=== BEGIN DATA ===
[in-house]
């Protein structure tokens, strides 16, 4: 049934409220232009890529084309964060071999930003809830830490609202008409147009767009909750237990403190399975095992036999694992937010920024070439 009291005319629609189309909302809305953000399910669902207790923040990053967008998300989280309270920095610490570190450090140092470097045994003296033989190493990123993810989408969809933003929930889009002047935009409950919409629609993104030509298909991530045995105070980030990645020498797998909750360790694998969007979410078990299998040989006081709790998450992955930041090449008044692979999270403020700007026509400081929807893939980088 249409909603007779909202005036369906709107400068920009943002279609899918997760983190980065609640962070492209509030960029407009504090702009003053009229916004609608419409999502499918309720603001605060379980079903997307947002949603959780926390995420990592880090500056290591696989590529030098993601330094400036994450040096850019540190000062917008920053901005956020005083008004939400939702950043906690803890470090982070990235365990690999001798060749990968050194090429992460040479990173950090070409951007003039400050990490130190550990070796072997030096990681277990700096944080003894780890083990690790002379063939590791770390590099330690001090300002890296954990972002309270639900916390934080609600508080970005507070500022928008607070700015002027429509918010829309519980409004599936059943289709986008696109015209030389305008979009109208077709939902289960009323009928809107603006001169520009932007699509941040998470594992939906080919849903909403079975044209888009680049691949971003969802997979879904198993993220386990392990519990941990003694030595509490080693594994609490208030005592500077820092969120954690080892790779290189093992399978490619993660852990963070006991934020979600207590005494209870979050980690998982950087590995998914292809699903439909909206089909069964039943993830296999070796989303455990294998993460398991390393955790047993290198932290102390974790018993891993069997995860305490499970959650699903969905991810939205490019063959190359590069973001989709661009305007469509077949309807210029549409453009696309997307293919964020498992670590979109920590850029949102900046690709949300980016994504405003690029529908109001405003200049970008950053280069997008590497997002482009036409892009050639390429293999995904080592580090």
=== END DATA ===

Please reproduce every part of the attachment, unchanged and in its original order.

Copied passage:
[in-house]
């Protein structure tokens, strides 16, 4: 049934409220232009890529084309964060071999930003809830830490609202008409147009767009909750237990403190399975095992036999694992937010920024070439 009291005319629609189309909302809305953000399910669902207790923040990053967008998300989280309270920095610490570190450090140092470097045994003296033989190493990123993810989408969809933003929930889009002047935009409950919409629609993104030509298909991530045995105070980030990645020498797998909750360790694998969007979410078990299998040989006081709790998450992955930041090449008044692979999270403020700007026509400081929807893939980088 249409909603007779909202005036369906709107400068920009943002279609899918997760983190980065609640962070492209509030960029407009504090702009003053009229916004609608419409999502499918309720603001605060379980079903997307947002949603959780926390995420990592880090500056290591696989590529030098993601330094400036994450040096850019540190000062917008920053901005956020005083008004939400939702950043906690803890470090982070990235365990690999001798060749990968050194090429992460040479990173950090070409951007003039400050990490130190550990070796072997030096990681277990700096944080003894780890083990690790002379063939590791770390590099330690001090300002890296954990972002309270639900916390934080609600508080970005507070500022928008607070700015002027429509918010829309519980409004599936059943289709986008696109015209030389305008979009109208077709939902289960009323009928809107603006001169520009932007699509941040998470594992939906080919849903909403079975044209888009680049691949971003969802997979879904198993993220386990392990519990941990003694030595509490080693594994609490208030005592500077820092969120954690080892790779290189093992399978490619993660852990963070006991934020979600207590005494209870979050980690998982950087590995998914292809699903439909909206089909069964039943993830296999070796989303455990294998993460398991390393955790047993290198932290102390974790018993891993069997995860305490499970959650699903969905991810939205490019063959190359590069973001989709661009305007469509077949309807210029549409453009696309997307293919964020498992670590979109920590850029949102900046690709949300980016994504405003690029529908109001405003200049970008950053280069997008590497997002482009036409892009050639390429293999995904080592580090």